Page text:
To avoid over-lapping commitments, make separate matrices for your professional and personal tasks. This will steer you clear for what lies ahead and will greatly influence how you manage your time. A trick here can be to dedicate distinct hours of the day for both kinds of commitments and see how that works for you.
3. Limit the Number of Items Per Quadrant
Adding too many items per quadrant will over-complicate things and the purpose of using the Eisenhower matrix for time management will be lost. To optimize it, limit the number of actions to 7 or 8. That way you won’t be overwhelmed with what you need to do.
Using a Project Management Tool to Implement Eisenhower Matrix
Let’s admit the fact that if you don’t opt for professional tools for time management, you’re missing out on a lot. For this matrix to work like a magic wand, you need a project management tool. At this juncture, let us introduce you to nTask.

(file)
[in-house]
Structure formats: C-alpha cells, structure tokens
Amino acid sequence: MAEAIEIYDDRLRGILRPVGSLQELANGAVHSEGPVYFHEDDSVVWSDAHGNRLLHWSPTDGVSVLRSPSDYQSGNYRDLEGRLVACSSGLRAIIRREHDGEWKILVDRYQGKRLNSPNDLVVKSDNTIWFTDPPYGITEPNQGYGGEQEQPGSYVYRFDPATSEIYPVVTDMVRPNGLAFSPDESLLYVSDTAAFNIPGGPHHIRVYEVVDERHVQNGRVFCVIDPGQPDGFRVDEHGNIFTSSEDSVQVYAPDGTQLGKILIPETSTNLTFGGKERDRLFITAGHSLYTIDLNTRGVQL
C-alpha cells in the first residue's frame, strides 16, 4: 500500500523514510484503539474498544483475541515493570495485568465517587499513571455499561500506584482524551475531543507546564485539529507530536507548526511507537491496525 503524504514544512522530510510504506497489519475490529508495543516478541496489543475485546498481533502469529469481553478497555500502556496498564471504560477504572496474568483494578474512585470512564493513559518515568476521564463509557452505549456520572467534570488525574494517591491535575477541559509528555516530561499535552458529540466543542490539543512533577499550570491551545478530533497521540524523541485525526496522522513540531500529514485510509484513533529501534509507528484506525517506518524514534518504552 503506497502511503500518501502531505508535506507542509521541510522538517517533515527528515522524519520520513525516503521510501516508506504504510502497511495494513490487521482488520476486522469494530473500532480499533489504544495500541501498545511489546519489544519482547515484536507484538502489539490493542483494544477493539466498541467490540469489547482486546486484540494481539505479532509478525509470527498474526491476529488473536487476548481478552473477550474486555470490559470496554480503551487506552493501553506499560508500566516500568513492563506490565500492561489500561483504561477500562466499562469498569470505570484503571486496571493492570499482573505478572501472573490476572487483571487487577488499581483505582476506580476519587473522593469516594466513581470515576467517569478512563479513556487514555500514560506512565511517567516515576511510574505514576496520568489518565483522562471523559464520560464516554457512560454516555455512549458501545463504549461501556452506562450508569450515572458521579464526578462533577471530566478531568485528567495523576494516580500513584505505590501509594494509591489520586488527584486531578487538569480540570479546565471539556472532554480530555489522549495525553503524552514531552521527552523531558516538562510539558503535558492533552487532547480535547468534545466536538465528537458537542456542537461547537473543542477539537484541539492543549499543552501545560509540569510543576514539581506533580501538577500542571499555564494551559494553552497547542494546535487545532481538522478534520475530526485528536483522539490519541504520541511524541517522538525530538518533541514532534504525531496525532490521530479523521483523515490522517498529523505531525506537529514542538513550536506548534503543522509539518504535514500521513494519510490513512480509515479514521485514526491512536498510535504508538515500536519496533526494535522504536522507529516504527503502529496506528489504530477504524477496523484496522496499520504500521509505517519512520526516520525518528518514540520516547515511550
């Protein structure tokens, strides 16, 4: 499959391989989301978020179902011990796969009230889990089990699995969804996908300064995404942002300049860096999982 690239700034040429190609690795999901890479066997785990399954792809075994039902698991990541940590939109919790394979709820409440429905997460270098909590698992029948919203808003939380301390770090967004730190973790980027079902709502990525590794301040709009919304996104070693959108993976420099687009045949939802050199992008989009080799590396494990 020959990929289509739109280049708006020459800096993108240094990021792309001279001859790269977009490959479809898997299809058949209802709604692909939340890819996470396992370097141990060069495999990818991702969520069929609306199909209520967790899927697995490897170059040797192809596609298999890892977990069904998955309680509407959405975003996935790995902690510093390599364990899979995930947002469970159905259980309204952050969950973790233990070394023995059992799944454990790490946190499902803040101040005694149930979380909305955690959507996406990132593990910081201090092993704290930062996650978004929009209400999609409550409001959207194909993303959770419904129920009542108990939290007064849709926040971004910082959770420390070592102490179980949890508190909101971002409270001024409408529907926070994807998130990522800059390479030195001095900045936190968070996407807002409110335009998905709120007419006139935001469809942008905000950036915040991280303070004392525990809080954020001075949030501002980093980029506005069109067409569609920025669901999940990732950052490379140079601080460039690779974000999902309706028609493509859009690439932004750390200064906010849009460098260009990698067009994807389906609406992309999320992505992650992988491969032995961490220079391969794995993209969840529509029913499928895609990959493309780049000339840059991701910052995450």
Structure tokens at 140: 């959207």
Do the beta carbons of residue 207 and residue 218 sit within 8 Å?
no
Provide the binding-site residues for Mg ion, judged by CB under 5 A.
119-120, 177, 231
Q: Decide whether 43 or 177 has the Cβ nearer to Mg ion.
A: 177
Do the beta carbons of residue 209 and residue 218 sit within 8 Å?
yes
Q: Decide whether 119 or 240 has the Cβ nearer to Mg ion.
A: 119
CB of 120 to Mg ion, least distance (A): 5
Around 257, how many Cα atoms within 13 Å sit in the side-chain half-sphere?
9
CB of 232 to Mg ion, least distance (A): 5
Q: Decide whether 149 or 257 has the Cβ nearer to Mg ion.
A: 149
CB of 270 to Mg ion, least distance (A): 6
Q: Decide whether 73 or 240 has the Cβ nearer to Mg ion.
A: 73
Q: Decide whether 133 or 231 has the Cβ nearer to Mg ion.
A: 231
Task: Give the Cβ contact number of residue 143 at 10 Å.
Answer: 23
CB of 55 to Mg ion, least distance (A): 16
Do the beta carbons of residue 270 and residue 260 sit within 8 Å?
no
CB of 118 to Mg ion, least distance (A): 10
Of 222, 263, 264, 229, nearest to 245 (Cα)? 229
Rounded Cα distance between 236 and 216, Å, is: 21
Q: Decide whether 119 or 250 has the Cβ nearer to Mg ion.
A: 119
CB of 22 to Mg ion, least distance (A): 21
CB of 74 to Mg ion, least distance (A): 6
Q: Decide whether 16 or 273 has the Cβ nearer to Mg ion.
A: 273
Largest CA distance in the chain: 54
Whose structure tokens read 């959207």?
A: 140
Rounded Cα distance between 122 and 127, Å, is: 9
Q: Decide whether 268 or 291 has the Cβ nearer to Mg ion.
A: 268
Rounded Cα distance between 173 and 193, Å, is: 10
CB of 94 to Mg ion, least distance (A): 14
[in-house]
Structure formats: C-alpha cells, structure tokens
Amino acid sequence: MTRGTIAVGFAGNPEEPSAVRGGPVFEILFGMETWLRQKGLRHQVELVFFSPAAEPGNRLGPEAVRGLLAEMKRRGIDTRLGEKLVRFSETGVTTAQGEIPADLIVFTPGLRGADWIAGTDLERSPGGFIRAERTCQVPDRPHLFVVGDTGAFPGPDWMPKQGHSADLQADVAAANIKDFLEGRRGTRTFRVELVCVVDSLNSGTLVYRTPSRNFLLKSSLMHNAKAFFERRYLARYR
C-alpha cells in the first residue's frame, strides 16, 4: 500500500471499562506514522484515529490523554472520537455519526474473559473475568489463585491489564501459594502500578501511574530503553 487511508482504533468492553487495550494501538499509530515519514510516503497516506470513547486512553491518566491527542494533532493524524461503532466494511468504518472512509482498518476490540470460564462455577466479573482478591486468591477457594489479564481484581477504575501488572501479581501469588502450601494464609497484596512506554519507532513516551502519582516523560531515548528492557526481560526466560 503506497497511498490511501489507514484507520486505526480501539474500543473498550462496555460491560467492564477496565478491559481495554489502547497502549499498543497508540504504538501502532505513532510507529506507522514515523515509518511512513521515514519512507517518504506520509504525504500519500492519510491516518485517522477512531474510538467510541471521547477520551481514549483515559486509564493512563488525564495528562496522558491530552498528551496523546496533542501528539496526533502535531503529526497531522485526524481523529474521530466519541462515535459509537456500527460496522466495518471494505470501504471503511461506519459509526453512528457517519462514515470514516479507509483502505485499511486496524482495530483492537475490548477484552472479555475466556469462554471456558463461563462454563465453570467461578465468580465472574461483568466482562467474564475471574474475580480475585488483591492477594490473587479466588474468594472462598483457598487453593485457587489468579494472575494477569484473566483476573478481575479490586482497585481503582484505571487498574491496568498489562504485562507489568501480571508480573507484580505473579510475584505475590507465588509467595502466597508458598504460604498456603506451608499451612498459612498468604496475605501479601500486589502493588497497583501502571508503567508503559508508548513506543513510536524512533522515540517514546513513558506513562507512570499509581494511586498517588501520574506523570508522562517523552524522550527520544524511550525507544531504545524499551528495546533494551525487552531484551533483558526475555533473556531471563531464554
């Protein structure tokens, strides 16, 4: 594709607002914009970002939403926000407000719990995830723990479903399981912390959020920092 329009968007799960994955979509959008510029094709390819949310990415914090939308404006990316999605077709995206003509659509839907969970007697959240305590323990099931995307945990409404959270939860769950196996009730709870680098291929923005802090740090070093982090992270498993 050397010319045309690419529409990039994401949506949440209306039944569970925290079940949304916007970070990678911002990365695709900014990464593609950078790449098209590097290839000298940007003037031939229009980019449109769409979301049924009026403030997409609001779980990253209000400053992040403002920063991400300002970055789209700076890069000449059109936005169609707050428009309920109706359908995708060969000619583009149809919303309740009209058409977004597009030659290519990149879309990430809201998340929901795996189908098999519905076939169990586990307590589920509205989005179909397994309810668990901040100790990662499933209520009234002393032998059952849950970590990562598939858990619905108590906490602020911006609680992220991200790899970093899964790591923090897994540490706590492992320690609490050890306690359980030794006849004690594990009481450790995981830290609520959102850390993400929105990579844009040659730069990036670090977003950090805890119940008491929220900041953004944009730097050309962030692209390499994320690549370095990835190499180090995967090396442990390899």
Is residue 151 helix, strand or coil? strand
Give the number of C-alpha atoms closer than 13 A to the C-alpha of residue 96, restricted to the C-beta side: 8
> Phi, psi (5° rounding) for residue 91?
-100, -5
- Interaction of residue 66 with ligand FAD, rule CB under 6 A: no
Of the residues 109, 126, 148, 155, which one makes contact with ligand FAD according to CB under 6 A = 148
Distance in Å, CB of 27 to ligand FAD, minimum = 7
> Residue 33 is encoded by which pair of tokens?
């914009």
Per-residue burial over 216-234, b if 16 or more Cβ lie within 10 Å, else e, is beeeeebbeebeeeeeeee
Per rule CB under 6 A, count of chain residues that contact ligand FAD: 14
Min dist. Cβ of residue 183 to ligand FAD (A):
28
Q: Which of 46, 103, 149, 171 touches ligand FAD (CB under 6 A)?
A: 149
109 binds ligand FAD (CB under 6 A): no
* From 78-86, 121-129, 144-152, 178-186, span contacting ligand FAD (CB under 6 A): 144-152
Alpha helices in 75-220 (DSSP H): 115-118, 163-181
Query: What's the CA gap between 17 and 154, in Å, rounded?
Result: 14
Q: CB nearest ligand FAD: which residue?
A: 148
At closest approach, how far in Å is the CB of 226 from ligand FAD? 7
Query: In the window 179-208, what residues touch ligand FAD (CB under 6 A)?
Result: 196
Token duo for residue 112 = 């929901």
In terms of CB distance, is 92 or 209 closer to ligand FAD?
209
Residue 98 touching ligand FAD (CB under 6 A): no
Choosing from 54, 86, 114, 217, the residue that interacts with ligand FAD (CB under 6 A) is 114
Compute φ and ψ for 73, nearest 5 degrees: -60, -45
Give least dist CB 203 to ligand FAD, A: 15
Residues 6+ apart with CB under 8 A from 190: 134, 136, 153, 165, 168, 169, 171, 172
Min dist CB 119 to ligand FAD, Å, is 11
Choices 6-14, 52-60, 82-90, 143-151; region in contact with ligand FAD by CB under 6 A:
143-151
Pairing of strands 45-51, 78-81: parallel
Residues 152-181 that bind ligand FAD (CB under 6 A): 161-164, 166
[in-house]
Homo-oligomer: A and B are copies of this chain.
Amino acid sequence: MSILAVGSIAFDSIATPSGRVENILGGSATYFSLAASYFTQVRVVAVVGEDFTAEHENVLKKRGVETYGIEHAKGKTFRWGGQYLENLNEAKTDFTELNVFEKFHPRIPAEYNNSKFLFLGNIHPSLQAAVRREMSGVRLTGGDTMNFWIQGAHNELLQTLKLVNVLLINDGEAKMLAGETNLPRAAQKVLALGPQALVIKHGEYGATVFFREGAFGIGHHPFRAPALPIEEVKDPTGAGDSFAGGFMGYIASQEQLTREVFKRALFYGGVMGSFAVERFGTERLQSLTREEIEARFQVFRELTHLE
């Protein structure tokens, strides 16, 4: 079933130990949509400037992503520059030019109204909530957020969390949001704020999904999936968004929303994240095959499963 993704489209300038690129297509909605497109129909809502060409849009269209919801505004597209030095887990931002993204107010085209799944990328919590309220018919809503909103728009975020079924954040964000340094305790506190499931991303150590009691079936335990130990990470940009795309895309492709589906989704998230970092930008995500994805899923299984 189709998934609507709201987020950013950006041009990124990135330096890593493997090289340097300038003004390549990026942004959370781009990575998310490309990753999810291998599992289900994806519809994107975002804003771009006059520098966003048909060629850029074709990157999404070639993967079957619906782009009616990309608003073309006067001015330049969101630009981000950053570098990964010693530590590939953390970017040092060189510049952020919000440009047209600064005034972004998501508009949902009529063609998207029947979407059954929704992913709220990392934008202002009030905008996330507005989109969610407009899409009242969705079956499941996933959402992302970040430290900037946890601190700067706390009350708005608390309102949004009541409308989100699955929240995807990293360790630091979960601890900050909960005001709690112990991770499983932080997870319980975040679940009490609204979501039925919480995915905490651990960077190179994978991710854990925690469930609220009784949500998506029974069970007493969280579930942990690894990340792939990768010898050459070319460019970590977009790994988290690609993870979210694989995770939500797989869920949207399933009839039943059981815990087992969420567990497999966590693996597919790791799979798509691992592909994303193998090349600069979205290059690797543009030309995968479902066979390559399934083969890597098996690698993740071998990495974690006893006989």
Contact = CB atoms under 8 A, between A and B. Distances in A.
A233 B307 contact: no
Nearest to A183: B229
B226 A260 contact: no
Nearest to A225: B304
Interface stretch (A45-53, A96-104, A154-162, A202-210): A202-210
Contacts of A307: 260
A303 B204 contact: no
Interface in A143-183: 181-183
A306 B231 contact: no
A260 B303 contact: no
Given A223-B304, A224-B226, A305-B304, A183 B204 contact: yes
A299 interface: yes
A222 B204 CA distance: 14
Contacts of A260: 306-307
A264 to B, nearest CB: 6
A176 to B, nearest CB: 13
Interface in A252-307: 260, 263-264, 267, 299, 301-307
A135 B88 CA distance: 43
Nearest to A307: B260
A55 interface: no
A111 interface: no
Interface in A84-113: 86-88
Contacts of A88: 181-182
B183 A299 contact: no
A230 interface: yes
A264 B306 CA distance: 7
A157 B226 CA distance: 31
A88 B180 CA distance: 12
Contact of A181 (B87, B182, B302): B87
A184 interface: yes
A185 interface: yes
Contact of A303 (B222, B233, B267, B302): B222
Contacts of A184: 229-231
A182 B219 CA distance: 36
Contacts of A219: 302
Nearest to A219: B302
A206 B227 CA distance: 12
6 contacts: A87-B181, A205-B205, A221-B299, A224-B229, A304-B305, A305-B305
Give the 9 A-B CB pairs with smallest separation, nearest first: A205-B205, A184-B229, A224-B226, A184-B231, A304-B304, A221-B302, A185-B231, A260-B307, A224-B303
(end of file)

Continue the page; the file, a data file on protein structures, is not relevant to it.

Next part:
Use nTask to manage your time effectively without any fear of procrastination. Following features of the tool will help you to improve your productivity drastically and eliminate time wasters:
- Checklists: begin by listing down your to-dos in the form of a checklist. This will set the basis for identifying your professional and personal to-dos and will help you to define what you should be working on next
- Category: once you’re done making a checklist and creating respective tasks, you can associate distinct categories to make things clear for yourself or your team. The categories are completely customizable and can be used in any way the user wants
- Priority Level: finally, assign priority levels to your tasks according to their urgency. These priority levels will facilitate in deciding the appropriate quadrant of the matrix your tasks fit in and what should be your next course of action
- Timesheets: for analyzing the time you or your team spends on high or low priority tasks, you can easily log hours in timesheets and later evaluate it to decide where you need improvements
Gantt Charts in nTask Vs. Eisenhower Matrix
Since we have already reiterated some of the variables of the Eisenhower Matrix, it is time to see things at a deeper level.